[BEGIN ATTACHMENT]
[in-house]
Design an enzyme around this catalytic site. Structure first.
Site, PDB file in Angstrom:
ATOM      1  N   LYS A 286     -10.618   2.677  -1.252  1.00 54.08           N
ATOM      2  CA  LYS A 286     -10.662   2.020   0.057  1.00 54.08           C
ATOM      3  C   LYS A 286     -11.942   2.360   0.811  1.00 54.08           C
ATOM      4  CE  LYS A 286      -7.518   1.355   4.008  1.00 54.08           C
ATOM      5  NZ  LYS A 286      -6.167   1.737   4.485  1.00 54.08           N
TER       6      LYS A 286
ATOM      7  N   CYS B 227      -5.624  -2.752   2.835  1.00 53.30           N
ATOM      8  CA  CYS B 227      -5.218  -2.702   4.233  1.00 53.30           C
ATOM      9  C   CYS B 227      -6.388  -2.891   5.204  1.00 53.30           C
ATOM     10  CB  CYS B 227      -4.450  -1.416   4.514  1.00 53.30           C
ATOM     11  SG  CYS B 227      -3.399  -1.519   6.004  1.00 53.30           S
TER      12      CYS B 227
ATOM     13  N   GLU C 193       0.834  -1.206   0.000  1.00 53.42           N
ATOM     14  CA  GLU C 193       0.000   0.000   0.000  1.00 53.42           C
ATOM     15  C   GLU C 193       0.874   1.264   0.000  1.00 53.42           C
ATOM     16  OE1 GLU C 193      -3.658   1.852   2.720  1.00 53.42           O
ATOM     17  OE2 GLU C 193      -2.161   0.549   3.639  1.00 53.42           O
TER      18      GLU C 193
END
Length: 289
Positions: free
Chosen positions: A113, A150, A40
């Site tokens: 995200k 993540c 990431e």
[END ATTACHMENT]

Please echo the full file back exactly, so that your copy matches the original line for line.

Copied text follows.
[in-house]
Design an enzyme around this catalytic site. Structure first.
Site, PDB file in Angstrom:
ATOM      1  N   LYS A 286     -10.618   2.677  -1.252  1.00 54.08           N
ATOM      2  CA  LYS A 286     -10.662   2.020   0.057  1.00 54.08           C
ATOM      3  C   LYS A 286     -11.942   2.360   0.811  1.00 54.08           C
ATOM      4  CE  LYS A 286      -7.518   1.355   4.008  1.00 54.08           C
ATOM      5  NZ  LYS A 286      -6.167   1.737   4.485  1.00 54.08           N
TER       6      LYS A 286
ATOM      7  N   CYS B 227      -5.624  -2.752   2.835  1.00 53.30           N
ATOM      8  CA  CYS B 227      -5.218  -2.702   4.233  1.00 53.30           C
ATOM      9  C   CYS B 227      -6.388  -2.891   5.204  1.00 53.30           C
ATOM     10  CB  CYS B 227      -4.450  -1.416   4.514  1.00 53.30           C
ATOM     11  SG  CYS B 227      -3.399  -1.519   6.004  1.00 53.30           S
TER      12      CYS B 227
ATOM     13  N   GLU C 193       0.834  -1.206   0.000  1.00 53.42           N
ATOM     14  CA  GLU C 193       0.000   0.000   0.000  1.00 53.42           C
ATOM     15  C   GLU C 193       0.874   1.264   0.000  1.00 53.42           C
ATOM     16  OE1 GLU C 193      -3.658   1.852   2.720  1.00 53.42           O
ATOM     17  OE2 GLU C 193      -2.161   0.549   3.639  1.00 53.42           O
TER      18      GLU C 193
END
Length: 289
Positions: free
Chosen positions: A113, A150, A40
């Site tokens: 995200k 993540c 990431e």